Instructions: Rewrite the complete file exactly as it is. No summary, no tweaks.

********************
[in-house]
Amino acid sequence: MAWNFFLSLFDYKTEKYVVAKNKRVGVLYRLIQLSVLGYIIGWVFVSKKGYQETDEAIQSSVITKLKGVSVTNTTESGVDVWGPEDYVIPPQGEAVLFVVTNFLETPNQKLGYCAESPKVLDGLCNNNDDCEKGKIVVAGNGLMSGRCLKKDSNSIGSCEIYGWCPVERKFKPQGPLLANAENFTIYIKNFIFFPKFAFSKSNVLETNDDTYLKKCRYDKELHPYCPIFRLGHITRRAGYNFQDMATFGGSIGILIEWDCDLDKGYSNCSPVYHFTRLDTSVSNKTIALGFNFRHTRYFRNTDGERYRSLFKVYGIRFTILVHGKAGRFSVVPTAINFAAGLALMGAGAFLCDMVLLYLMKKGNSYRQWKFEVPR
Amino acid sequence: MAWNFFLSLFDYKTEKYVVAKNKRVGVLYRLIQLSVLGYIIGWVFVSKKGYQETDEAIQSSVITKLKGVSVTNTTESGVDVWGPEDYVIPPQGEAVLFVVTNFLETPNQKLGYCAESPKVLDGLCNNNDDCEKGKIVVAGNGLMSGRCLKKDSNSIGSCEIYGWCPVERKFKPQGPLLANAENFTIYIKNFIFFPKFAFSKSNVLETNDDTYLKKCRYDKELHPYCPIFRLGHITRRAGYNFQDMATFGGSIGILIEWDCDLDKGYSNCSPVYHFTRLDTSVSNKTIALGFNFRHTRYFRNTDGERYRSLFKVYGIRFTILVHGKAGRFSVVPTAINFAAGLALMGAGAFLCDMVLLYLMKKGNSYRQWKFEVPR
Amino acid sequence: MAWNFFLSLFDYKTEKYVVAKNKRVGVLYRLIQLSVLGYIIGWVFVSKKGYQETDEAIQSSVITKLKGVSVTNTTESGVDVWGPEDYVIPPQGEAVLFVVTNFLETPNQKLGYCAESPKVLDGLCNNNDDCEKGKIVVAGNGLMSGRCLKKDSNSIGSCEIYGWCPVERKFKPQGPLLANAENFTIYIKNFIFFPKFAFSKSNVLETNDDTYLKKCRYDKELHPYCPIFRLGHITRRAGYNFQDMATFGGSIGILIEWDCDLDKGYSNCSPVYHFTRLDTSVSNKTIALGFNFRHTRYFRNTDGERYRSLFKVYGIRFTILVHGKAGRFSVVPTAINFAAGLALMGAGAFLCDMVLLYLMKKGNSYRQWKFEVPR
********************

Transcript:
[in-house]
Amino acid sequence: MAWNFFLSLFDYKTEKYVVAKNKRVGVLYRLIQLSVLGYIIGWVFVSKKGYQETDEAIQSSVITKLKGVSVTNTTESGVDVWGPEDYVIPPQGEAVLFVVTNFLETPNQKLGYCAESPKVLDGLCNNNDDCEKGKIVVAGNGLMSGRCLKKDSNSIGSCEIYGWCPVERKFKPQGPLLANAENFTIYIKNFIFFPKFAFSKSNVLETNDDTYLKKCRYDKELHPYCPIFRLGHITRRAGYNFQDMATFGGSIGILIEWDCDLDKGYSNCSPVYHFTRLDTSVSNKTIALGFNFRHTRYFRNTDGERYRSLFKVYGIRFTILVHGKAGRFSVVPTAINFAAGLALMGAGAFLCDMVLLYLMKKGNSYRQWKFEVPR
Amino acid sequence: MAWNFFLSLFDYKTEKYVVAKNKRVGVLYRLIQLSVLGYIIGWVFVSKKGYQETDEAIQSSVITKLKGVSVTNTTESGVDVWGPEDYVIPPQGEAVLFVVTNFLETPNQKLGYCAESPKVLDGLCNNNDDCEKGKIVVAGNGLMSGRCLKKDSNSIGSCEIYGWCPVERKFKPQGPLLANAENFTIYIKNFIFFPKFAFSKSNVLETNDDTYLKKCRYDKELHPYCPIFRLGHITRRAGYNFQDMATFGGSIGILIEWDCDLDKGYSNCSPVYHFTRLDTSVSNKTIALGFNFRHTRYFRNTDGERYRSLFKVYGIRFTILVHGKAGRFSVVPTAINFAAGLALMGAGAFLCDMVLLYLMKKGNSYRQWKFEVPR
Amino acid sequence: MAWNFFLSLFDYKTEKYVVAKNKRVGVLYRLIQLSVLGYIIGWVFVSKKGYQETDEAIQSSVITKLKGVSVTNTTESGVDVWGPEDYVIPPQGEAVLFVVTNFLETPNQKLGYCAESPKVLDGLCNNNDDCEKGKIVVAGNGLMSGRCLKKDSNSIGSCEIYGWCPVERKFKPQGPLLANAENFTIYIKNFIFFPKFAFSKSNVLETNDDTYLKKCRYDKELHPYCPIFRLGHITRRAGYNFQDMATFGGSIGILIEWDCDLDKGYSNCSPVYHFTRLDTSVSNKTIALGFNFRHTRYFRNTDGERYRSLFKVYGIRFTILVHGKAGRFSVVPTAINFAAGLALMGAGAFLCDMVLLYLMKKGNSYRQWKFEVPR